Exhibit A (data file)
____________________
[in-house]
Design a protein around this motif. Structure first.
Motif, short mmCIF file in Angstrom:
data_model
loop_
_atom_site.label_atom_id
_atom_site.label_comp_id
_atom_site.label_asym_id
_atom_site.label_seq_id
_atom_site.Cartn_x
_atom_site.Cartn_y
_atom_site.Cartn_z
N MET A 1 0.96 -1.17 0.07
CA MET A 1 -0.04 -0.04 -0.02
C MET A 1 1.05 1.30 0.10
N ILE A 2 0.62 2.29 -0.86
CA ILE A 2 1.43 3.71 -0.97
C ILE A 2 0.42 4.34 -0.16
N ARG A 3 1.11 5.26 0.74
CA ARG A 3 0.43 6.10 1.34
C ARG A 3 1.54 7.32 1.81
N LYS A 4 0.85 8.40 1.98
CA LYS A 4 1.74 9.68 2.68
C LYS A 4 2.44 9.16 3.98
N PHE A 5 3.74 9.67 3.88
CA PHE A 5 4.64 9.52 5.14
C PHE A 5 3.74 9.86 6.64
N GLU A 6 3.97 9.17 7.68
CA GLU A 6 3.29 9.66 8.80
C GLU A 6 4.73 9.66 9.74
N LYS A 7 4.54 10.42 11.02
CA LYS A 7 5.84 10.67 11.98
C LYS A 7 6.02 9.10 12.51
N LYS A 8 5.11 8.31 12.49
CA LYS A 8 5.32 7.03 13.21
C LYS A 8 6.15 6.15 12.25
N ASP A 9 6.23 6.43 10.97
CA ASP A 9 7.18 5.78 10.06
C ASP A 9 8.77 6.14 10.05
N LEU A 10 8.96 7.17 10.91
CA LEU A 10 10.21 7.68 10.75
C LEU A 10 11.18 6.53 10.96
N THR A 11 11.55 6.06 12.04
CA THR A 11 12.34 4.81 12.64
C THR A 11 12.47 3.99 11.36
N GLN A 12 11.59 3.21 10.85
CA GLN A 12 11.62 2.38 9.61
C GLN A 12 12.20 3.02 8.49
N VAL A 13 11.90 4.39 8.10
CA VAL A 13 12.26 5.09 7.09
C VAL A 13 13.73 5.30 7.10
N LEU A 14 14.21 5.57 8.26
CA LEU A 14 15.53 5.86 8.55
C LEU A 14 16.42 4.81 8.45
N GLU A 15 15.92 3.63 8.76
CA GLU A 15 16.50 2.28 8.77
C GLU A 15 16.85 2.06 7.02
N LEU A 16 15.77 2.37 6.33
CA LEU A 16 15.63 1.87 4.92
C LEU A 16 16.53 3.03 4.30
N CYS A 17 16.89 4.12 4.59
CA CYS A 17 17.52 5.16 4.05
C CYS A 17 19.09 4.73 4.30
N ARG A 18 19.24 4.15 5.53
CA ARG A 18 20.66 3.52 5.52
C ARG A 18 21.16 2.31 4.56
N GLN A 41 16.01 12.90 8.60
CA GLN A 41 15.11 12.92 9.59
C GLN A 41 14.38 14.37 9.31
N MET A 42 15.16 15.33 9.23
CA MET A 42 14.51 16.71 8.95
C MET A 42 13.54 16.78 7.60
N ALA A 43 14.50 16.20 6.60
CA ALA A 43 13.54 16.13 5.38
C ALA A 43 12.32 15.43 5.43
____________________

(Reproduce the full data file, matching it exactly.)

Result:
[in-house]
Design a protein around this motif. Structure first.
Motif, short mmCIF file in Angstrom:
data_model
loop_
_atom_site.label_atom_id
_atom_site.label_comp_id
_atom_site.label_asym_id
_atom_site.label_seq_id
_atom_site.Cartn_x
_atom_site.Cartn_y
_atom_site.Cartn_z
N MET A 1 0.96 -1.17 0.07
CA MET A 1 -0.04 -0.04 -0.02
C MET A 1 1.05 1.30 0.10
N ILE A 2 0.62 2.29 -0.86
CA ILE A 2 1.43 3.71 -0.97
C ILE A 2 0.42 4.34 -0.16
N ARG A 3 1.11 5.26 0.74
CA ARG A 3 0.43 6.10 1.34
C ARG A 3 1.54 7.32 1.81
N LYS A 4 0.85 8.40 1.98
CA LYS A 4 1.74 9.68 2.68
C LYS A 4 2.44 9.16 3.98
N PHE A 5 3.74 9.67 3.88
CA PHE A 5 4.64 9.52 5.14
C PHE A 5 3.74 9.86 6.64
N GLU A 6 3.97 9.17 7.68
CA GLU A 6 3.29 9.66 8.80
C GLU A 6 4.73 9.66 9.74
N LYS A 7 4.54 10.42 11.02
CA LYS A 7 5.84 10.67 11.98
C LYS A 7 6.02 9.10 12.51
N LYS A 8 5.11 8.31 12.49
CA LYS A 8 5.32 7.03 13.21
C LYS A 8 6.15 6.15 12.25
N ASP A 9 6.23 6.43 10.97
CA ASP A 9 7.18 5.78 10.06
C ASP A 9 8.77 6.14 10.05
N LEU A 10 8.96 7.17 10.91
CA LEU A 10 10.21 7.68 10.75
C LEU A 10 11.18 6.53 10.96
N THR A 11 11.55 6.06 12.04
CA THR A 11 12.34 4.81 12.64
C THR A 11 12.47 3.99 11.36
N GLN A 12 11.59 3.21 10.85
CA GLN A 12 11.62 2.38 9.61
C GLN A 12 12.20 3.02 8.49
N VAL A 13 11.90 4.39 8.10
CA VAL A 13 12.26 5.09 7.09
C VAL A 13 13.73 5.30 7.10
N LEU A 14 14.21 5.57 8.26
CA LEU A 14 15.53 5.86 8.55
C LEU A 14 16.42 4.81 8.45
N GLU A 15 15.92 3.63 8.76
CA GLU A 15 16.50 2.28 8.77
C GLU A 15 16.85 2.06 7.02
N LEU A 16 15.77 2.37 6.33
CA LEU A 16 15.63 1.87 4.92
C LEU A 16 16.53 3.03 4.30
N CYS A 17 16.89 4.12 4.59
CA CYS A 17 17.52 5.16 4.05
C CYS A 17 19.09 4.73 4.30
N ARG A 18 19.24 4.15 5.53
CA ARG A 18 20.66 3.52 5.52
C ARG A 18 21.16 2.31 4.56
N GLN A 41 16.01 12.90 8.60
CA GLN A 41 15.11 12.92 9.59
C GLN A 41 14.38 14.37 9.31
N MET A 42 15.16 15.33 9.23
CA MET A 42 14.51 16.71 8.95
C MET A 42 13.54 16.78 7.60
N ALA A 43 14.50 16.20 6.60
CA ALA A 43 13.54 16.13 5.38
C ALA A 43 12.32 15.43 5.43